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Girl Scouts to Offer Cybersecurity Badges

Girls Scouts USA (GSUSA) is ready to turn out some budding white-hats along with those delicious cookies: The group will soon begin offering badges on cybersecurity.

As most of us know, Girl Scout badges are insignia that participants earn and display on their uniforms to demonstrate their mastery of a given topic. GSUSA is partnering with Palo Alto Networks on a national badge system that aims to help girls explore opportunities in science, technology, engineering and math (STEM) while developing problem-solving and leadership skills. There will be 18 new badges in all, to be made available to its 1.8 million participants in grades K-12 (ages 5 to 18). The first in the series will debut in September 2018.

According to the latest Cybersecurity Jobs Report by Cybersecurity Ventures, the worldwide deficit of qualified cybersecurity professionals will reach 3.5 million by 2021. A deficit of this magnitude can inhibit the industry's ability to prevent cyber breaches, and the challenge is compounded by the growing frequency and sophistication of cyber-attacks. Getting ahead of tomorrow's threats requires a larger, diverse and innovative team of problem solvers—and more diversity.

A study by (ISC)², Global Information Security Workforce Study: Women in Cybersecurity, shows that women remain vastly underrepresented in the cybersecurity industry, holding just 11% of jobs globally. Plus, according to research by the Computing Technology Industry Association, 69% of women who have not pursued careers in information technology attribute their choice to not knowing what opportunities are available to them.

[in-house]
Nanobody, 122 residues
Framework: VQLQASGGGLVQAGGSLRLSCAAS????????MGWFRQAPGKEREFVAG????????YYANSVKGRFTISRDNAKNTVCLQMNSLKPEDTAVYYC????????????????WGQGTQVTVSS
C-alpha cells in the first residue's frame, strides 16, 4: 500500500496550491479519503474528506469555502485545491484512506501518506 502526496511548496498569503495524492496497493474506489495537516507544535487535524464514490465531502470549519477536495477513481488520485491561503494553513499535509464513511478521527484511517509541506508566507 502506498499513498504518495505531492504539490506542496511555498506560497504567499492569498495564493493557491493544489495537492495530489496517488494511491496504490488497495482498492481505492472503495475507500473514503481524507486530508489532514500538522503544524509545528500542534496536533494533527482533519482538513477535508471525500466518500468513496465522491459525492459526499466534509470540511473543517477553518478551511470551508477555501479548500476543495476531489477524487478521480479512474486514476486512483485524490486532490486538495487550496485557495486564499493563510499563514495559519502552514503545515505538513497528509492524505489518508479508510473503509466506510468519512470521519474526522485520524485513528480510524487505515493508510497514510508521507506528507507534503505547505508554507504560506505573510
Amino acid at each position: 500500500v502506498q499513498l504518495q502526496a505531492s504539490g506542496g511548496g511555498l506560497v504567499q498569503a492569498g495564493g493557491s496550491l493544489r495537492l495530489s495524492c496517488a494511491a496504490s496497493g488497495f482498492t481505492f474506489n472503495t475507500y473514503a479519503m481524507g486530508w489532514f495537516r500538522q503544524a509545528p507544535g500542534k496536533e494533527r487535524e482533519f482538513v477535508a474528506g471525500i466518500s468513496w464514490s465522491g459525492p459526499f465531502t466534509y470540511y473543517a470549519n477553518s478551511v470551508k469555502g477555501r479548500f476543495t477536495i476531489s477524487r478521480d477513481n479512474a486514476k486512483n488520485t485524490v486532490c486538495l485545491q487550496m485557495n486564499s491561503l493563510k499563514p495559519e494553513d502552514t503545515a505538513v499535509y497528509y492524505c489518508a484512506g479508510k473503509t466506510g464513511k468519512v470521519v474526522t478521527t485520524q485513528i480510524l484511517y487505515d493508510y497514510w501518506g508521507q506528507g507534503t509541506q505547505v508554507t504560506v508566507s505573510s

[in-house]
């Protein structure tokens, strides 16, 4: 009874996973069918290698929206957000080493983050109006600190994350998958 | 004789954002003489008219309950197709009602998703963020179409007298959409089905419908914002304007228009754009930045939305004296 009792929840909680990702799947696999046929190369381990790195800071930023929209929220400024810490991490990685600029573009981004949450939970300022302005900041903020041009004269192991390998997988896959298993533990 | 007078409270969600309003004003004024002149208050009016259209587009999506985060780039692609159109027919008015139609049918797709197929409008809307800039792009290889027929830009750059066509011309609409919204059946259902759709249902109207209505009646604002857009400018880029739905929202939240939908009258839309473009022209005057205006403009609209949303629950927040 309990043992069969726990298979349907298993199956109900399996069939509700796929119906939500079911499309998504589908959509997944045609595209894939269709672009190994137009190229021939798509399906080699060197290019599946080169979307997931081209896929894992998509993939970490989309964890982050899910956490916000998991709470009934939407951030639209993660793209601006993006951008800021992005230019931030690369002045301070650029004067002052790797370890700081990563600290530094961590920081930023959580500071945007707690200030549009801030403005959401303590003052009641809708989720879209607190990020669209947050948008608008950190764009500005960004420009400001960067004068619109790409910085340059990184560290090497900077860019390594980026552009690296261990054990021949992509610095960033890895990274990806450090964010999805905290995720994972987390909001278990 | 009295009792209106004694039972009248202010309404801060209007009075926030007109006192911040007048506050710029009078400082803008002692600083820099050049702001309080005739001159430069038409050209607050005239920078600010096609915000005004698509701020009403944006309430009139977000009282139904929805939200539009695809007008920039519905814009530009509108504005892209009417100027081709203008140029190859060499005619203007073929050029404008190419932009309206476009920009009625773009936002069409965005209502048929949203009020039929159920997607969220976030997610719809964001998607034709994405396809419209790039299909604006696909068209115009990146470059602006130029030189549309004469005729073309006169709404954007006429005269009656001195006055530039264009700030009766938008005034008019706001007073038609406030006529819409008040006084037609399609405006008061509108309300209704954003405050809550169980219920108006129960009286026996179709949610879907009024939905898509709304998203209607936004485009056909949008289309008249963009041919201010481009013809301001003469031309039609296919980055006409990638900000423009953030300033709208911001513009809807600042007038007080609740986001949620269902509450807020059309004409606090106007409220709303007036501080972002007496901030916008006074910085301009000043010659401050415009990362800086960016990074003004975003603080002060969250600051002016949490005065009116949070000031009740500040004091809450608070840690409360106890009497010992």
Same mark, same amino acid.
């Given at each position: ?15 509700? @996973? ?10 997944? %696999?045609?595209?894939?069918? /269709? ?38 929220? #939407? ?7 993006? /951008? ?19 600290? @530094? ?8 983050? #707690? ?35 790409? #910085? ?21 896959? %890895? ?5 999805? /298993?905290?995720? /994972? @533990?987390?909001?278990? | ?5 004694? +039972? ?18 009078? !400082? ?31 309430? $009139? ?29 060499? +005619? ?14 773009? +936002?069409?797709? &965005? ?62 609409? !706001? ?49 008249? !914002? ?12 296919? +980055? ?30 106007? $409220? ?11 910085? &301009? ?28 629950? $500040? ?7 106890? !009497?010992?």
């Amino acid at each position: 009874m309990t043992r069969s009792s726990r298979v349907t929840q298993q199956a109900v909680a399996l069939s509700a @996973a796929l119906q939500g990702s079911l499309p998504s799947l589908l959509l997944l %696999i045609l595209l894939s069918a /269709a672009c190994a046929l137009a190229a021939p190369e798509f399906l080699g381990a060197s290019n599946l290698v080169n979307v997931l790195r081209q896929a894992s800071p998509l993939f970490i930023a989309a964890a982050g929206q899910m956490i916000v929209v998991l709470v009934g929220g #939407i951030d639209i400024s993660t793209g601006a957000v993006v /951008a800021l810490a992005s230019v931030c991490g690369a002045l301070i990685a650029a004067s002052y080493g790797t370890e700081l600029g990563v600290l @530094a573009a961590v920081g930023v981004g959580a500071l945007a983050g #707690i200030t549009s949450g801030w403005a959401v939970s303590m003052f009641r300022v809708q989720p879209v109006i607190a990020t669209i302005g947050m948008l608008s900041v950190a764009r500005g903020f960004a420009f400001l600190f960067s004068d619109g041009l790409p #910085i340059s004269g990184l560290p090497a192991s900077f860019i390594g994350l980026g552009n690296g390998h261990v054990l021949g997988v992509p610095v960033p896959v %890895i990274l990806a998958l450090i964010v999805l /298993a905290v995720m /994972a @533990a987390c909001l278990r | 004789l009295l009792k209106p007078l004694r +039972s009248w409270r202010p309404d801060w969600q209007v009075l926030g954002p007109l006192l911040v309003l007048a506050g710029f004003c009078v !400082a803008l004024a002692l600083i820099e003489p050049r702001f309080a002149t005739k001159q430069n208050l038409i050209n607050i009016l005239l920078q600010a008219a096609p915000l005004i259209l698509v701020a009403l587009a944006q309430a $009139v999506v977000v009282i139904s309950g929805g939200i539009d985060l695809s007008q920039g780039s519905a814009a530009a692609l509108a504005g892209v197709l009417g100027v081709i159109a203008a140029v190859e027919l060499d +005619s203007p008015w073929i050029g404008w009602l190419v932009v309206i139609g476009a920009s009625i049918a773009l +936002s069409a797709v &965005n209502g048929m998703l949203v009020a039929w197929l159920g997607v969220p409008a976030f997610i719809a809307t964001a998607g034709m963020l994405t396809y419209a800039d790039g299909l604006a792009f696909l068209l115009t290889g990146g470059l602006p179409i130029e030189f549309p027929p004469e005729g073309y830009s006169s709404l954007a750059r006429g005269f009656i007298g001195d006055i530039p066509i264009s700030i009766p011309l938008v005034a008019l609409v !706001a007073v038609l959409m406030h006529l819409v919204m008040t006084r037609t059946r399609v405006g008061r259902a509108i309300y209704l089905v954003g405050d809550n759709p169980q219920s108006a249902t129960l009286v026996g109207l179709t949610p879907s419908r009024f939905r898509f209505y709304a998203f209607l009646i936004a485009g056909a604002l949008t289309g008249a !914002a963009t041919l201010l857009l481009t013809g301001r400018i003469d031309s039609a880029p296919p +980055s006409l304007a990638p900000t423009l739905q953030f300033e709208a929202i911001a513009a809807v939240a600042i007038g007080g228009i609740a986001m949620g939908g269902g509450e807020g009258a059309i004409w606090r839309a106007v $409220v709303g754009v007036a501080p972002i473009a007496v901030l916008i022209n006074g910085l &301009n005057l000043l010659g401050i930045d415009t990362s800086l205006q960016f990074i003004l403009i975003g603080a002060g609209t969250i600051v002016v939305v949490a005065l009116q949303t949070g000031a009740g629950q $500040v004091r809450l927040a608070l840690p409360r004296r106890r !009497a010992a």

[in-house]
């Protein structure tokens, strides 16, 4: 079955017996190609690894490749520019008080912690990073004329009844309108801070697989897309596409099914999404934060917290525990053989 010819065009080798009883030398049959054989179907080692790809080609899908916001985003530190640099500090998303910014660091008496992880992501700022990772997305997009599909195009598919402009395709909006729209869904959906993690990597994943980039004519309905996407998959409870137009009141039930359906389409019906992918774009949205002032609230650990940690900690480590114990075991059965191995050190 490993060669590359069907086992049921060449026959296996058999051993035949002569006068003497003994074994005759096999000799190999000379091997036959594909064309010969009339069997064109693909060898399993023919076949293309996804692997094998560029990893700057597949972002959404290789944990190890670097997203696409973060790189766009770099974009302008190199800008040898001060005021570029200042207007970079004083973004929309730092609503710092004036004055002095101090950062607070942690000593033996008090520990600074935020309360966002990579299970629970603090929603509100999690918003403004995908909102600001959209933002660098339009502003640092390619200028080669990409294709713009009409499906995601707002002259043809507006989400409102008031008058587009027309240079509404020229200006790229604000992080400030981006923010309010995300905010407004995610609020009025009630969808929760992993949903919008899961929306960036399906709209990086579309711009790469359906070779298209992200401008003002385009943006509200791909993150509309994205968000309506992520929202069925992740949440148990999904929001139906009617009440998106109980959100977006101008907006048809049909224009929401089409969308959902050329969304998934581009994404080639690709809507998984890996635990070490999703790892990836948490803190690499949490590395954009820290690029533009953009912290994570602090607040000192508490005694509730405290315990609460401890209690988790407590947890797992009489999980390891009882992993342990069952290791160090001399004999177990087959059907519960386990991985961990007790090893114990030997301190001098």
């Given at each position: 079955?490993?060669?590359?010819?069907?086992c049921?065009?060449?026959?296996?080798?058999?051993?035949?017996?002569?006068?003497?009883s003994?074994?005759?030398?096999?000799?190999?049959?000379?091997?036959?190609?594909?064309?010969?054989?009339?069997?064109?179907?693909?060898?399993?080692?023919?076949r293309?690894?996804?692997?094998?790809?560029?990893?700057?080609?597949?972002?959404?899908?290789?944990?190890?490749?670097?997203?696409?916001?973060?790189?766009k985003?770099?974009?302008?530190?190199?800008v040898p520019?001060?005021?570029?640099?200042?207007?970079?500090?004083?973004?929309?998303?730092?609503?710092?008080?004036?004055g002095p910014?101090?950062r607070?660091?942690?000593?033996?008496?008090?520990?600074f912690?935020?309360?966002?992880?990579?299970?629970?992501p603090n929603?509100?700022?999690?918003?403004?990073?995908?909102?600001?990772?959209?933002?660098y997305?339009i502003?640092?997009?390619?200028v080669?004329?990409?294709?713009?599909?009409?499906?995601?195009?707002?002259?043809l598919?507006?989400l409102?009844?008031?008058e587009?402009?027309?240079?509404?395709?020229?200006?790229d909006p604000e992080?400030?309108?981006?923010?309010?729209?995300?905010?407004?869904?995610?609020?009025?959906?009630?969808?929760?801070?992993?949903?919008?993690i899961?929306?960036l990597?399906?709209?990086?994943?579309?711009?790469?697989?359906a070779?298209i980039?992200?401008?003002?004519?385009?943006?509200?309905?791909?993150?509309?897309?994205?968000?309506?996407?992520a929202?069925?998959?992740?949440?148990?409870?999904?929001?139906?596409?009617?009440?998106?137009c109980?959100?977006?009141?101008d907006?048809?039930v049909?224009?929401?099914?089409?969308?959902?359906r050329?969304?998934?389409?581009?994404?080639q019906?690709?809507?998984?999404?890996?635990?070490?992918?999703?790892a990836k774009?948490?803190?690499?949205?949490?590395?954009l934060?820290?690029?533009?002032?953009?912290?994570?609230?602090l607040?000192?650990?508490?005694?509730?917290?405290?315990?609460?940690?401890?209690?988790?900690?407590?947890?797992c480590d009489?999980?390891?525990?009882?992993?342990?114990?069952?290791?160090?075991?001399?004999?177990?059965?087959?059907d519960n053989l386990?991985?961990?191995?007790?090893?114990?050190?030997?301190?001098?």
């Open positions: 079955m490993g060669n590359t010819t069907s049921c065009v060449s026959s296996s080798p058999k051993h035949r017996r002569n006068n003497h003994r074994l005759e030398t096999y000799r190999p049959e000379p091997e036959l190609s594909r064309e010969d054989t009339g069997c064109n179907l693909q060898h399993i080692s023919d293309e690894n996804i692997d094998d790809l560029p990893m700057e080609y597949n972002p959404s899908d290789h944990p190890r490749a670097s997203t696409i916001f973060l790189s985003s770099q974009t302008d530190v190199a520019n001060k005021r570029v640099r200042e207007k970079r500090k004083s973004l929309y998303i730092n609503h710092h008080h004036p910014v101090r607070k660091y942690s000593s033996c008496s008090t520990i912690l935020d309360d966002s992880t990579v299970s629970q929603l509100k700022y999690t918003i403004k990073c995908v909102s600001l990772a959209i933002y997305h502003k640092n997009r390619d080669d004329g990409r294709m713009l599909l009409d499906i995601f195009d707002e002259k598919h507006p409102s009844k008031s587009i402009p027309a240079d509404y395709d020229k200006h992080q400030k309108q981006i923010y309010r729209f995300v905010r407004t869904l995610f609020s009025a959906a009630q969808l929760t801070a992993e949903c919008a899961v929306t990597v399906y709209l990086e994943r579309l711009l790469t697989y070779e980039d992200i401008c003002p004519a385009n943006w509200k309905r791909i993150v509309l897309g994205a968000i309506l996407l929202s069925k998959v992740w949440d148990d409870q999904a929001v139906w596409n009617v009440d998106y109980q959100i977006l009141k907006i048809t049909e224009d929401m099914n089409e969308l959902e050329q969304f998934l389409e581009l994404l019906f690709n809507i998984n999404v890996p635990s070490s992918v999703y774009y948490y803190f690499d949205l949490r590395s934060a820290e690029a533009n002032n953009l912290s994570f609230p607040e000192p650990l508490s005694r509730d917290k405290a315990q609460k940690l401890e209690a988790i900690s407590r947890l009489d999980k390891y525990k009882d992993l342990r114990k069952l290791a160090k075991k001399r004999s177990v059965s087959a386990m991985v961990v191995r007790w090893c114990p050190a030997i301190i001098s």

"At Girl Scouts of the USA, we recognize that in our increasingly tech-driven world, future generations must possess the skills to navigate the complexities and inherent challenges of the cyber-realm,” said Sylvia Acevedo, CEO of GSUSA, which recently marked its 100-year anniversary. “From arming our older girls with the tools to address this reality to helping younger girls protect their identities via internet safety, the launch of our national cybersecurity badge initiative represents our advocacy of cyber preparedness, and our partnership with Palo Alto Networks makes a natural fit for our efforts. It is our hope that our collaboration will serve to cultivate our troops' budding interest in cybersecurity by providing access to invaluable knowledge that may otherwise not be available to girls in communities across the United States."

The national effort is meant to be a step toward eliminating traditional barriers to industry access, such as gender and geography, but the new badges also will deepen the existing commitment that Girl Scouts has made to STEM by using the organization's "fun with purpose" K–12 curriculum that inspires girls to embrace and celebrate scientific discovery in their lives at all ages.

"Our mission to prevent cyberattacks and restore trust in the digital age is only achievable if we make meaningful investments not just in technology but also in people,” said Mark McLaughlin, chairman and CEO at Palo Alto Networks. “Our collaboration with Girl Scouts of the USA to develop curriculum for the first-ever national cybersecurity badges will positively influence the future of our industry by helping build tomorrow's diverse and innovative team of problem solvers equipped to counter emerging cyberthreats." 

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